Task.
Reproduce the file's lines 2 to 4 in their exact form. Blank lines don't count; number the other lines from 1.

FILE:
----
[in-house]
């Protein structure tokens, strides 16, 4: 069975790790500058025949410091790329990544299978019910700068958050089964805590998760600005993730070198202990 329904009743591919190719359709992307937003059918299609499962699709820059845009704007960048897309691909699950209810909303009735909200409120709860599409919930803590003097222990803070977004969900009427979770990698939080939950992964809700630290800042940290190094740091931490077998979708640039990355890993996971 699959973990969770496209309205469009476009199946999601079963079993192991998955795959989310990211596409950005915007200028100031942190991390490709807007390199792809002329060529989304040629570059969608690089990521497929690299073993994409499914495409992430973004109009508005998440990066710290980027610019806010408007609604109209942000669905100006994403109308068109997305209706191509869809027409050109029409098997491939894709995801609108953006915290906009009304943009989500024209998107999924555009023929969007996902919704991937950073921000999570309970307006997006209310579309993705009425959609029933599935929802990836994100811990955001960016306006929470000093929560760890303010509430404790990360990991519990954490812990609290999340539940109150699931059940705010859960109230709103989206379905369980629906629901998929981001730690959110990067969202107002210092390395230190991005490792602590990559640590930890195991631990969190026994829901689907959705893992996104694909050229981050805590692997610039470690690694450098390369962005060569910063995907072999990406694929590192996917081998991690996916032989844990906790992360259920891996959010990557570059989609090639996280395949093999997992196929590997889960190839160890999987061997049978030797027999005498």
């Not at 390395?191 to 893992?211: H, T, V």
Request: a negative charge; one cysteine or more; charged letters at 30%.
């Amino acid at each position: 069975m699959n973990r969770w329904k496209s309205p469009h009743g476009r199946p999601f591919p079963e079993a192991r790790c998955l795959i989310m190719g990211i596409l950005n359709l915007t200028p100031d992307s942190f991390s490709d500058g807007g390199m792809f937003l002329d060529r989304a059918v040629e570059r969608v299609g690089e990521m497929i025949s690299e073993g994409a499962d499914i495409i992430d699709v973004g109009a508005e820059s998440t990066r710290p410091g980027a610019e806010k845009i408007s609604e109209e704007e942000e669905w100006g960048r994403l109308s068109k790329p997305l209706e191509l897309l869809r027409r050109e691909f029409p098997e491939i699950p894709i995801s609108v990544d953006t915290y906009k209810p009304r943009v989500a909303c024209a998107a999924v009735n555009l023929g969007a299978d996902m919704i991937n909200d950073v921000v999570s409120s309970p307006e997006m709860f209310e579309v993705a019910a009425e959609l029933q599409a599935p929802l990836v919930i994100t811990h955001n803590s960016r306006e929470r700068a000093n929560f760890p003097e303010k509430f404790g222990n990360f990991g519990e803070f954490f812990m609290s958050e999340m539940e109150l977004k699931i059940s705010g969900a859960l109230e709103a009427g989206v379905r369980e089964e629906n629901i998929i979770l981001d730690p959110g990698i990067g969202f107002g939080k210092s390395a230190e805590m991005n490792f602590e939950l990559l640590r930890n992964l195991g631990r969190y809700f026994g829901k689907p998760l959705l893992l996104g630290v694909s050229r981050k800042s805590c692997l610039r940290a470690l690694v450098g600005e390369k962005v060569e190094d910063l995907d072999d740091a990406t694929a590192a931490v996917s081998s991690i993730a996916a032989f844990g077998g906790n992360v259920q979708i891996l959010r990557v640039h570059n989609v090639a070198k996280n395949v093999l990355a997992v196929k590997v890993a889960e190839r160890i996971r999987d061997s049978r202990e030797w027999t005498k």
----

């Protein structure tokens, strides 16, 4: 069975790790500058025949410091790329990544299978019910700068958050089964805590998760600005993730070198202990 329904009743591919190719359709992307937003059918299609499962699709820059845009704007960048897309691909699950209810909303009735909200409120709860599409919930803590003097222990803070977004969900009427979770990698939080939950992964809700630290800042940290190094740091931490077998979708640039990355890993996971 699959973990969770496209309205469009476009199946999601079963079993192991998955795959989310990211596409950005915007200028100031942190991390490709807007390199792809002329060529989304040629570059969608690089990521497929690299073993994409499914495409992430973004109009508005998440990066710290980027610019806010408007609604109209942000669905100006994403109308068109997305209706191509869809027409050109029409098997491939894709995801609108953006915290906009009304943009989500024209998107999924555009023929969007996902919704991937950073921000999570309970307006997006209310579309993705009425959609029933599935929802990836994100811990955001960016306006929470000093929560760890303010509430404790990360990991519990954490812990609290999340539940109150699931059940705010859960109230709103989206379905369980629906629901998929981001730690959110990067969202107002210092390395230190991005490792602590990559640590930890195991631990969190026994829901689907959705893992996104694909050229981050805590692997610039470690690694450098390369962005060569910063995907072999990406694929590192996917081998991690996916032989844990906790992360259920891996959010990557570059989609090639996280395949093999997992196929590997889960190839160890999987061997049978030797027999005498």
């Not at 390395?191 to 893992?211: H, T, V």
Request: a negative charge; one cysteine or more; charged letters at 30%.